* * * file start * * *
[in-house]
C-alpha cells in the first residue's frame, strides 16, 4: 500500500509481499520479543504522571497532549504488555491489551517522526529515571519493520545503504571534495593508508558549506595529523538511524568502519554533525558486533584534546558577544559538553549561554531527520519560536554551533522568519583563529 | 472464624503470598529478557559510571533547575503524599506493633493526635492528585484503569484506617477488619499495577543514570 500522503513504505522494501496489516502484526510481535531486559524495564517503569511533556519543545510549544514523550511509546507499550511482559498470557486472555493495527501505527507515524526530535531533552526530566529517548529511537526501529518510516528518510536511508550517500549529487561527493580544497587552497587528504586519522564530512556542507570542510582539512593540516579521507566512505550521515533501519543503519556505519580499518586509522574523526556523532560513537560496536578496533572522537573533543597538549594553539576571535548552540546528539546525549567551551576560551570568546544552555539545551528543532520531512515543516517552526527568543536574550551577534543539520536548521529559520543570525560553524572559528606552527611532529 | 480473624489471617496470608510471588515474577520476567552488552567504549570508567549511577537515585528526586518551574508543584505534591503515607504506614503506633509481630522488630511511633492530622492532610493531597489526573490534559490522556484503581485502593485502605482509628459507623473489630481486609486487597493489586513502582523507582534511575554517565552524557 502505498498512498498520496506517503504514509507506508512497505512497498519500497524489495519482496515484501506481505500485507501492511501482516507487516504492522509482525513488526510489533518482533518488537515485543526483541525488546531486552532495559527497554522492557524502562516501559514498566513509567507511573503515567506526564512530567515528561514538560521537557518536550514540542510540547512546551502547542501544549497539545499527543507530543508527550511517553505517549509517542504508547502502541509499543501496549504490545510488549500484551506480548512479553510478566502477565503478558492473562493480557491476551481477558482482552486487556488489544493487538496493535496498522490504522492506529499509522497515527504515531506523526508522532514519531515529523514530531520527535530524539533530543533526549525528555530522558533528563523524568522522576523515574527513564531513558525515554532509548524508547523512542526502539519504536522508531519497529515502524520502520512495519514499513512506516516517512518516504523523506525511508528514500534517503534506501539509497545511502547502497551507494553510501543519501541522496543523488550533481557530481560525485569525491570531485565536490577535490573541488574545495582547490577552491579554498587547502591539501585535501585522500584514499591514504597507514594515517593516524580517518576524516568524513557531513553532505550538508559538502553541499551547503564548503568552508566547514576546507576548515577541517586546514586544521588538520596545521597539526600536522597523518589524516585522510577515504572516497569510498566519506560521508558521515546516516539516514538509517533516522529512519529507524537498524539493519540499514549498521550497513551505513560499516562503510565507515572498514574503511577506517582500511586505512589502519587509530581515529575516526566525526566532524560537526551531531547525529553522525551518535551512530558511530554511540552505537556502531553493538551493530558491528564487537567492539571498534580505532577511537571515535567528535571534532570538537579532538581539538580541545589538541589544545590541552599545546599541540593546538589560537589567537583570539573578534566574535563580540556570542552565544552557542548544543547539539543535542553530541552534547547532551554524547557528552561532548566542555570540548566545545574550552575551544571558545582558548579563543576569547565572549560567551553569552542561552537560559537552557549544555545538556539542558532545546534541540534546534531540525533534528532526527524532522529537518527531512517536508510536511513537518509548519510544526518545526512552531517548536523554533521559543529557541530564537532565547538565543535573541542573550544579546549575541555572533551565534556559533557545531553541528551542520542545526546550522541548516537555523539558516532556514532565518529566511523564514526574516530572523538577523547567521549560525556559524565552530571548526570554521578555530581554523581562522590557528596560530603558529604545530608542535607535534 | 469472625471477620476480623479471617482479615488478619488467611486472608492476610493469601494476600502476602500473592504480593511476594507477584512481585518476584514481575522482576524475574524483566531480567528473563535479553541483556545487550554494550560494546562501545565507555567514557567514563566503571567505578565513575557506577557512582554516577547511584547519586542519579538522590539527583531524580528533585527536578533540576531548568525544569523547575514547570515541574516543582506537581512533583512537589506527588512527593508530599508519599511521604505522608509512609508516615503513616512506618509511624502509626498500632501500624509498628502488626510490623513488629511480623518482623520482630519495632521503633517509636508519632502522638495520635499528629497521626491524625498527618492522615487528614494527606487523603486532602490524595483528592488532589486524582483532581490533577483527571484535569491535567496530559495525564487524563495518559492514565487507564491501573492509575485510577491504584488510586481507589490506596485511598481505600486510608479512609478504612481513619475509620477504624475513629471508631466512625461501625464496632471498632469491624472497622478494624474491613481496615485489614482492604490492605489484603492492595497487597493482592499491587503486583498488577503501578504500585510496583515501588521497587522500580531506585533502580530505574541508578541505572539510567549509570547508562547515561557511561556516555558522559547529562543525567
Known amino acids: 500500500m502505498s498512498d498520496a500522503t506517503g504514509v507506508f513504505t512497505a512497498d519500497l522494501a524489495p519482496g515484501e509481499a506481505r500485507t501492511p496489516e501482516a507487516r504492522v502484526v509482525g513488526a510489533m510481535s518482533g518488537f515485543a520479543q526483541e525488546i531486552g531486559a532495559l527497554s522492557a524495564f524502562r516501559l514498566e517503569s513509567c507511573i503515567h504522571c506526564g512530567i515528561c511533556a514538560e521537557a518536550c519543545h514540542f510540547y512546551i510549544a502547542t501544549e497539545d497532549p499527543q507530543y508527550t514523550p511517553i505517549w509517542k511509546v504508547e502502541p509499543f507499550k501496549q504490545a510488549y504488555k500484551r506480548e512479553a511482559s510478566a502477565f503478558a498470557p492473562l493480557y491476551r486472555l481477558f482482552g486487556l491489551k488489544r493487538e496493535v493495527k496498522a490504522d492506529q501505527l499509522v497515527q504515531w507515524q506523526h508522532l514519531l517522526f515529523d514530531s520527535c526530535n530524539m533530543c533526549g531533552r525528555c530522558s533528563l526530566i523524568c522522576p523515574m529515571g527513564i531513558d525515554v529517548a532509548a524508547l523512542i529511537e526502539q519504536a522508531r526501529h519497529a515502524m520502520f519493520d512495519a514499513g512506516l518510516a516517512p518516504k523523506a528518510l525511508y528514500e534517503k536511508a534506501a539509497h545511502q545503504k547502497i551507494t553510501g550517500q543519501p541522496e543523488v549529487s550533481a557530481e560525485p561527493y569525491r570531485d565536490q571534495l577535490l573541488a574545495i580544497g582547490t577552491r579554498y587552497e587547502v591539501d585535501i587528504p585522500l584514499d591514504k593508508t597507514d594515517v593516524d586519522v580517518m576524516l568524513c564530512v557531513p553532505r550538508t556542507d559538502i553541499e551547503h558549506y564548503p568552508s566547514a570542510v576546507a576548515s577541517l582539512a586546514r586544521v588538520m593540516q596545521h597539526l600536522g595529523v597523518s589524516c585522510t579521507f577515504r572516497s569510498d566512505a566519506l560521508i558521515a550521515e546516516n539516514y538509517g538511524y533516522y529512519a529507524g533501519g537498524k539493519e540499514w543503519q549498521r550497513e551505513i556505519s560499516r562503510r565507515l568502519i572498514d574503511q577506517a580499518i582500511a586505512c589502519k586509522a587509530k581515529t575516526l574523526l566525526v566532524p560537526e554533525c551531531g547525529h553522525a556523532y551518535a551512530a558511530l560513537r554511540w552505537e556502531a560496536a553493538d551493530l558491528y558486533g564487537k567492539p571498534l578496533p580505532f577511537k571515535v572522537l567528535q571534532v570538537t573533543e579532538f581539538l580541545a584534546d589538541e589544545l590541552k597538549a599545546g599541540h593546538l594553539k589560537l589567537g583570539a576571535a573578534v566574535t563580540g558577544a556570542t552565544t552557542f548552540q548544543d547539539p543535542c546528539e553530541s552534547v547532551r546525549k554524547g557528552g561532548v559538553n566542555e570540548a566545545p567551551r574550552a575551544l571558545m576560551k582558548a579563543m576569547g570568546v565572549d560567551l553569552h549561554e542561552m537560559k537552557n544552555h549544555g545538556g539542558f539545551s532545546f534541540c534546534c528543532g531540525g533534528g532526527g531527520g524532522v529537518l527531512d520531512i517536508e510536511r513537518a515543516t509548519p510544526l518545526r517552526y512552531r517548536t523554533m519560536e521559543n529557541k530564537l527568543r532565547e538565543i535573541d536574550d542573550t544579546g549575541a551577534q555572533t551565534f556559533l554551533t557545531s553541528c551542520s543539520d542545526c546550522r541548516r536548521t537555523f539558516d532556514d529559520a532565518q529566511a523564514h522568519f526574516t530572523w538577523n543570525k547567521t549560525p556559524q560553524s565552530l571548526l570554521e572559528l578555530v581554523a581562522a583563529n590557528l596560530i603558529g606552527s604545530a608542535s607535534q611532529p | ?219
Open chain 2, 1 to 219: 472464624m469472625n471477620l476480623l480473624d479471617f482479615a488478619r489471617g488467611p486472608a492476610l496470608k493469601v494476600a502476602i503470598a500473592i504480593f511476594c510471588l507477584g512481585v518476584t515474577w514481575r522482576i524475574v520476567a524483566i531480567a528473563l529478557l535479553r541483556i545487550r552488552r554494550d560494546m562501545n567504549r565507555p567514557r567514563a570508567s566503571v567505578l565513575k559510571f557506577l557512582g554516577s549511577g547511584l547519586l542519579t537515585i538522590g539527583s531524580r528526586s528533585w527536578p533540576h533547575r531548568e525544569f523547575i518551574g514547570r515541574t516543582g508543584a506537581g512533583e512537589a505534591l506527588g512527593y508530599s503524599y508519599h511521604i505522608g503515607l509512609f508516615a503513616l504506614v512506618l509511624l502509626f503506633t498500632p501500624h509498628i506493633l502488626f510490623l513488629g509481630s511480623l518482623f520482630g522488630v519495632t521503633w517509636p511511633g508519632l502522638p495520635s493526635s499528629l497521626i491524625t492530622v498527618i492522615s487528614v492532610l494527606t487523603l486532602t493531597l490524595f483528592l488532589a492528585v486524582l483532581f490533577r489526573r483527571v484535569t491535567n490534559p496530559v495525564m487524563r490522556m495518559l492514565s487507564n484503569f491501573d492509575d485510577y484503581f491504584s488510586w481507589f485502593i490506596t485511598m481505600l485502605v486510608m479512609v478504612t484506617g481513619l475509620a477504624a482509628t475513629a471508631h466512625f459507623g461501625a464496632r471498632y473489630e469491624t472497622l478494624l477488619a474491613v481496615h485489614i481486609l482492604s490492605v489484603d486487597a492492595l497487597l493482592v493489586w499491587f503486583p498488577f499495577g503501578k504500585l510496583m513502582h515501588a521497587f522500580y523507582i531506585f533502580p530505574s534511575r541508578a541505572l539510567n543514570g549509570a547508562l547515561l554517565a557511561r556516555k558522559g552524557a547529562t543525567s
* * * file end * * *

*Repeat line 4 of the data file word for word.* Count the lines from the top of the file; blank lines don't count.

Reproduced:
Open chain 2, 1 to 219: 472464624m469472625n471477620l476480623l480473624d479471617f482479615a488478619r489471617g488467611p486472608a492476610l496470608k493469601v494476600a502476602i503470598a500473592i504480593f511476594c510471588l507477584g512481585v518476584t515474577w514481575r522482576i524475574v520476567a524483566i531480567a528473563l529478557l535479553r541483556i545487550r552488552r554494550d560494546m562501545n567504549r565507555p567514557r567514563a570508567s566503571v567505578l565513575k559510571f557506577l557512582g554516577s549511577g547511584l547519586l542519579t537515585i538522590g539527583s531524580r528526586s528533585w527536578p533540576h533547575r531548568e525544569f523547575i518551574g514547570r515541574t516543582g508543584a506537581g512533583e512537589a505534591l506527588g512527593y508530599s503524599y508519599h511521604i505522608g503515607l509512609f508516615a503513616l504506614v512506618l509511624l502509626f503506633t498500632p501500624h509498628i506493633l502488626f510490623l513488629g509481630s511480623l518482623f520482630g522488630v519495632t521503633w517509636p511511633g508519632l502522638p495520635s493526635s499528629l497521626i491524625t492530622v498527618i492522615s487528614v492532610l494527606t487523603l486532602t493531597l490524595f483528592l488532589a492528585v486524582l483532581f490533577r489526573r483527571v484535569t491535567n490534559p496530559v495525564m487524563r490522556m495518559l492514565s487507564n484503569f491501573d492509575d485510577y484503581f491504584s488510586w481507589f485502593i490506596t485511598m481505600l485502605v486510608m479512609v478504612t484506617g481513619l475509620a477504624a482509628t475513629a471508631h466512625f459507623g461501625a464496632r471498632y473489630e469491624t472497622l478494624l477488619a474491613v481496615h485489614i481486609l482492604s490492605v489484603d486487597a492492595l497487597l493482592v493489586w499491587f503486583p498488577f499495577g503501578k504500585l510496583m513502582h515501588a521497587f522500580y523507582i531506585f533502580p530505574s534511575r541508578a541505572l539510567n543514570g549509570a547508562l547515561l554517565a557511561r556516555k558522559g552524557a547529562t543525567s